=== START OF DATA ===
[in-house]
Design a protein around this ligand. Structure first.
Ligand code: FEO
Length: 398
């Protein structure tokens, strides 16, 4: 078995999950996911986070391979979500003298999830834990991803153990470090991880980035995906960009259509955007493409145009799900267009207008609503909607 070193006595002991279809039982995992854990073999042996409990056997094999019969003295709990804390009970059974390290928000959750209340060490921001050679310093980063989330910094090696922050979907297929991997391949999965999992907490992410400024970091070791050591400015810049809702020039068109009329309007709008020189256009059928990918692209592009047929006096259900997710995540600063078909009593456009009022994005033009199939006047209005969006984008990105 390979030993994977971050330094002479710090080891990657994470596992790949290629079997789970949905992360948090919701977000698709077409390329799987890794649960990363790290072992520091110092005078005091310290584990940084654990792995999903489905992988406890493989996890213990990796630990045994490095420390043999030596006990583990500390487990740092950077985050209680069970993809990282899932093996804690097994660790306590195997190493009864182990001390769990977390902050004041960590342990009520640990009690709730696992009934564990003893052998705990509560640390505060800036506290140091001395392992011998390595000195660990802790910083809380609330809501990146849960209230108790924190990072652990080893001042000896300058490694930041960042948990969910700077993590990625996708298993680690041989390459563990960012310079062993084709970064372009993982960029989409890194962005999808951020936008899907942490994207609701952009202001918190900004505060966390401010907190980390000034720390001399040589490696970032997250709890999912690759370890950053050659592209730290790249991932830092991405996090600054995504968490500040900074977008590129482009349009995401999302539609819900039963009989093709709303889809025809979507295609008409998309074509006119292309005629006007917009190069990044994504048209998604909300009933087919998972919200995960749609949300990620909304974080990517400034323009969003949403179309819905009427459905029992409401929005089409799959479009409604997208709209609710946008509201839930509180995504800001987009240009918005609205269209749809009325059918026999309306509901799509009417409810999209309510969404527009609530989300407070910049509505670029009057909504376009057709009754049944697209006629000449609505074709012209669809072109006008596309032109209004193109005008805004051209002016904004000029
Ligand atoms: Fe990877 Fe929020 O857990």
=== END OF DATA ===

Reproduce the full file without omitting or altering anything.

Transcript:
[in-house]
Design a protein around this ligand. Structure first.
Ligand code: FEO
Length: 398
């Protein structure tokens, strides 16, 4: 078995999950996911986070391979979500003298999830834990991803153990470090991880980035995906960009259509955007493409145009799900267009207008609503909607 070193006595002991279809039982995992854990073999042996409990056997094999019969003295709990804390009970059974390290928000959750209340060490921001050679310093980063989330910094090696922050979907297929991997391949999965999992907490992410400024970091070791050591400015810049809702020039068109009329309007709008020189256009059928990918692209592009047929006096259900997710995540600063078909009593456009009022994005033009199939006047209005969006984008990105 390979030993994977971050330094002479710090080891990657994470596992790949290629079997789970949905992360948090919701977000698709077409390329799987890794649960990363790290072992520091110092005078005091310290584990940084654990792995999903489905992988406890493989996890213990990796630990045994490095420390043999030596006990583990500390487990740092950077985050209680069970993809990282899932093996804690097994660790306590195997190493009864182990001390769990977390902050004041960590342990009520640990009690709730696992009934564990003893052998705990509560640390505060800036506290140091001395392992011998390595000195660990802790910083809380609330809501990146849960209230108790924190990072652990080893001042000896300058490694930041960042948990969910700077993590990625996708298993680690041989390459563990960012310079062993084709970064372009993982960029989409890194962005999808951020936008899907942490994207609701952009202001918190900004505060966390401010907190980390000034720390001399040589490696970032997250709890999912690759370890950053050659592209730290790249991932830092991405996090600054995504968490500040900074977008590129482009349009995401999302539609819900039963009989093709709303889809025809979507295609008409998309074509006119292309005629006007917009190069990044994504048209998604909300009933087919998972919200995960749609949300990620909304974080990517400034323009969003949403179309819905009427459905029992409401929005089409799959479009409604997208709209609710946008509201839930509180995504800001987009240009918005609205269209749809009325059918026999309306509901799509009417409810999209309510969404527009609530989300407070910049509505670029009057909504376009057709009754049944697209006629000449609505074709012209669809072109006008596309032109209004193109005008805004051209002016904004000029
Ligand atoms: Fe990877 Fe929020 O857990």